UnitedHealth to buy home-health firm LHC Group for $5.4B

The deal marks the latest foray by a managed-care company into a category said to promise lower costs than hospitals and nursing homes

UnitedHealth Group Inc. has agreed to buy LHC Group Inc. for about $5.4 billion in cash, in the latest tie-up linking a managed-care company to the home-health business.

The acquisition by UnitedHealth’s Optum health-services arm, which is expected to be announced Tuesday, will add one of the country’s largest home-health firms to a portfolio that already includes doctor groups, clinics and surgery centers, as well as some home-based services.


Wyatt Decker, the chief executive of Optum Health, the unit that focuses on providing healthcare, said the company sees rising demand from patients and families for home-based care. "This trend has really only just begun, of how much care can truly be delivered in the home," he said in an interview. "We can give care in the home, which is a lower-cost setting…than nursing homes or more advanced care facilities."

Under the deal, UnitedHealth would pay about $170 a share for LHC, which had about $2.2 billion in revenue last year and includes hospice, long-term-care hospitals and other home-based services, in addition to home health. That would represent a premium of 8.1% from Monday’s closing stock price.

Customers get information from a reception desk at a UnitedHealthcare store in Queens, New York, Jan. 14, 2013. (Michael Nagle/Bloomberg via Getty Images, File)

Including debt, the deal is valued at roughly $6 billion, UnitedHealth said. The company expects the acquisition to close in the second half of 2022.

Home-health firms provide medical care to elderly and other people at their homes.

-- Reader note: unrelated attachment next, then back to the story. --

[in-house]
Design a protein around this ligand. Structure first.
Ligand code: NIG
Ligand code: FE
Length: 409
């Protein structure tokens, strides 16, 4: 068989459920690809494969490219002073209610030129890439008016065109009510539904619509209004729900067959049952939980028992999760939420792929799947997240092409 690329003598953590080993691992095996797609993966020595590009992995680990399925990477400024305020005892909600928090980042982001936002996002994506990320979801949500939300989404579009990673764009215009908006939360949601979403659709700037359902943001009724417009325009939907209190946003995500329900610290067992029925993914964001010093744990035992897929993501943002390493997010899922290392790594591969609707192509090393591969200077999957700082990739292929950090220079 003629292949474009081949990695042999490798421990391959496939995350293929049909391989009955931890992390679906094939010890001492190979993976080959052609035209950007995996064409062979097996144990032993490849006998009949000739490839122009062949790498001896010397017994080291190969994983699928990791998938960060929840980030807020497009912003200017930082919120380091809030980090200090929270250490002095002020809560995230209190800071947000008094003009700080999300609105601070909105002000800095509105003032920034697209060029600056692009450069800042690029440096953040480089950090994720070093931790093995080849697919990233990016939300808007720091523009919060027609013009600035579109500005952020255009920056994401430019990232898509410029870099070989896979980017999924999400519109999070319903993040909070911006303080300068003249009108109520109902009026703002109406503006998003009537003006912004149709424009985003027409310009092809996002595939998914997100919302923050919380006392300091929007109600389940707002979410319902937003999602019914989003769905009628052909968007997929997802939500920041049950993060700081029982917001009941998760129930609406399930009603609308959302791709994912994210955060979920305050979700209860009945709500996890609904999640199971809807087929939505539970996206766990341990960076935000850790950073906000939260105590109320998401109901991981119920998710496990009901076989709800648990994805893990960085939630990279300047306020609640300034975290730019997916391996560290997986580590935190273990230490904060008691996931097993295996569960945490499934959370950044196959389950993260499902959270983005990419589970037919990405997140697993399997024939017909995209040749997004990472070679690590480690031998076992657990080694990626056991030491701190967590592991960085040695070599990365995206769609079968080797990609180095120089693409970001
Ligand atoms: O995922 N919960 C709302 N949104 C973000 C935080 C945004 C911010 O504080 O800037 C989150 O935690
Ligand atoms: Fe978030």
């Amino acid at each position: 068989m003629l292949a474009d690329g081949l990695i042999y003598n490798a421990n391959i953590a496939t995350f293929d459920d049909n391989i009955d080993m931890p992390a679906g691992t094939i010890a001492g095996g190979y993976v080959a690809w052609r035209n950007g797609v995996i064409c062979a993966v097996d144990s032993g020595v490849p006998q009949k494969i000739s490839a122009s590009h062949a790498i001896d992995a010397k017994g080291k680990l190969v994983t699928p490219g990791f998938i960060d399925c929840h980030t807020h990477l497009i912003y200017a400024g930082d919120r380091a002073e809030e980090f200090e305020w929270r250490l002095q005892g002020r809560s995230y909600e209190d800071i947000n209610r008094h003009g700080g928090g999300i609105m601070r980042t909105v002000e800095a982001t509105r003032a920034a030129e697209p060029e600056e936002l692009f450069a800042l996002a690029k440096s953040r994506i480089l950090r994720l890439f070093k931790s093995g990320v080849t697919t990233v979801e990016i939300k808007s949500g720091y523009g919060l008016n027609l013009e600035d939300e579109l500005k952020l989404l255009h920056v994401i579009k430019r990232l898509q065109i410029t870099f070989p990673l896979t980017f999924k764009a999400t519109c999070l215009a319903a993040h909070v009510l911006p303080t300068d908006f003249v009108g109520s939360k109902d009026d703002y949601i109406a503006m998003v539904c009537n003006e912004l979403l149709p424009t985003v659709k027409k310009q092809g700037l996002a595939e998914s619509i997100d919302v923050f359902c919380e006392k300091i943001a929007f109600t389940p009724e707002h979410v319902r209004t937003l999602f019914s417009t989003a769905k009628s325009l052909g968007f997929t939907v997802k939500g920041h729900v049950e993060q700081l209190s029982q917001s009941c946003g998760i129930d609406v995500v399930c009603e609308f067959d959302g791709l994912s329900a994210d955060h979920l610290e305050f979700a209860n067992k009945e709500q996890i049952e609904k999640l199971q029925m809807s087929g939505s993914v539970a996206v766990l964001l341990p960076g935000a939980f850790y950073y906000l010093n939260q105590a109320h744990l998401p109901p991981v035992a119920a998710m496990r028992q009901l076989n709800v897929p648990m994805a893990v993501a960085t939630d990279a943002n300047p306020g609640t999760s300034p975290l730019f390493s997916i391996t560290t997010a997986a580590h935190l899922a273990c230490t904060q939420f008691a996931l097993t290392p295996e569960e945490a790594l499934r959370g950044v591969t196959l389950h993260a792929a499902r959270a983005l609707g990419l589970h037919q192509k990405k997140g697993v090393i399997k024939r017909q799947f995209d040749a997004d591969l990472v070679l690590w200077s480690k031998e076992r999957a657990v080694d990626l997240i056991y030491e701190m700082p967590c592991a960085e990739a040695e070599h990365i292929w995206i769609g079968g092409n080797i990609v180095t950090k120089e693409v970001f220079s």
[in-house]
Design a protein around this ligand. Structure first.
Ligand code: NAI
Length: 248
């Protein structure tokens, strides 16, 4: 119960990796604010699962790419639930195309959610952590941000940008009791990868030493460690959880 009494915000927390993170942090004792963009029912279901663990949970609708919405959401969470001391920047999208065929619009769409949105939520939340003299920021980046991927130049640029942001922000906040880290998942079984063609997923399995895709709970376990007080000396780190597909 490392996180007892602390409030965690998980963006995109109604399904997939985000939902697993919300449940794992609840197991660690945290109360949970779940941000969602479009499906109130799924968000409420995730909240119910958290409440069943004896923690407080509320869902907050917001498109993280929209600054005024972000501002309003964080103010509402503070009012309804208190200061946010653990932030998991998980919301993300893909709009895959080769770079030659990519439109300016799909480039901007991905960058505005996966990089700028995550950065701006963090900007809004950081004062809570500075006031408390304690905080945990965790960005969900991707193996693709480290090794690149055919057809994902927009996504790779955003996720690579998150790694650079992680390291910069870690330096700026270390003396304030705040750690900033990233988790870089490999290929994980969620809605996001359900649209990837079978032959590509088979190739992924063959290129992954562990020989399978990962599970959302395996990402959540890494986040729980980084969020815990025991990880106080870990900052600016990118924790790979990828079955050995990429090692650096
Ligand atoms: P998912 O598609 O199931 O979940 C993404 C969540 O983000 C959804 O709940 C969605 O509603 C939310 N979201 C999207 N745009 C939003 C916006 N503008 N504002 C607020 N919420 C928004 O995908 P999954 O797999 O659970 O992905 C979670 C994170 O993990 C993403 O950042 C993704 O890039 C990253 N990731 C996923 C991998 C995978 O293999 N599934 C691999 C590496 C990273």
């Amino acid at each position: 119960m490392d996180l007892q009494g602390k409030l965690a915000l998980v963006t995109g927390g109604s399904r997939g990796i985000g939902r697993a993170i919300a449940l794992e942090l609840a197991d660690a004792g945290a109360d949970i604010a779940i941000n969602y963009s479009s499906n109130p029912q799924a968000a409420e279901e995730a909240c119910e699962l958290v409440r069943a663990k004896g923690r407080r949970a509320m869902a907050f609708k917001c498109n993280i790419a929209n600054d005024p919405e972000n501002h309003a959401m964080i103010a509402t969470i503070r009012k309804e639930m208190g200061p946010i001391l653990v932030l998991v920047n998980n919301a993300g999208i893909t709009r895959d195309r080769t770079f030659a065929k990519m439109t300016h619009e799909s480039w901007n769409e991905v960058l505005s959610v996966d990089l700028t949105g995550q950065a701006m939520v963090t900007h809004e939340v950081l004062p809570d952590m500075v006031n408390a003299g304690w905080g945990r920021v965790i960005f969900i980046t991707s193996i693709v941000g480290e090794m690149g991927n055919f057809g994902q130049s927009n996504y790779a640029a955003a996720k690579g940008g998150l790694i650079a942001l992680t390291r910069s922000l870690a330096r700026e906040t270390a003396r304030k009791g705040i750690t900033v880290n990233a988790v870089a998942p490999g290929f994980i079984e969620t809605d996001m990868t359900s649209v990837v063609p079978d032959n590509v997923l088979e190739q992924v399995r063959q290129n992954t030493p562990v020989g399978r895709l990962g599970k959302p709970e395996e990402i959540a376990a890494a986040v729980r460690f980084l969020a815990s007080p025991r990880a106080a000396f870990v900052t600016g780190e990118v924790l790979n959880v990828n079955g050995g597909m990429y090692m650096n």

Health insurers such as UnitedHealth’s UnitedHealthcare, the largest in the U.S., aim to bolster the role of home health as a lower-cost alternative to nursing homes and a tool to reduce hospital stays, particularly among the Medicare population, which represents a lucrative growth engine for the industry. Managed-care companies sell private plans called Medicare Advantage under the federal program.


Humana Inc., UnitedHealthcare’s biggest rival in the Medicare business, last year completed its acquisition of Kindred at Home, spending about $5.7 billion for the 60% share of the company it didn’t yet own. Humana says it is now the largest home-health provider in the U.S.

Demand for home health has also been increasing because of an aging population and the reluctance among some families, particularly amid the Covid-19 pandemic, to turn to nursing homes. Spending on home healthcare, estimated at $121.6 billion last year, is projected to grow to $226.4 billion in 2030, according to the Centers for Medicare and Medicaid Services.

The new deal comes as UnitedHealth is facing an antitrust suit  from the Justice Department aimed at blocking a previous acquisition, for health-technology firm Change Healthcare Inc. In that case, the antitrust enforcers argued that UnitedHealth was at risk of controlling too broad a slice of healthcare data, and could use its new asset to help its insurance unit against competitors.

UnitedHealth has said the Change deal would bring down costs and improve service for customers, and it disputed the Justice Department’s arguments.

LHC is based in Lafayette, La. Many of the company’s home-health and hospice operations are owned in partnerships with hospital systems. The company has operations in 37 states and says it cares for more than 500,000 patients annually.


Like other companies in its sector, LHC has contended with a labor crunch, and its earnings fell short of analysts’ projections for the fourth quarter of 2021. The company has said the situation eased in the first quarter, with improved hiring and fewer employees quarantined because of the pandemic.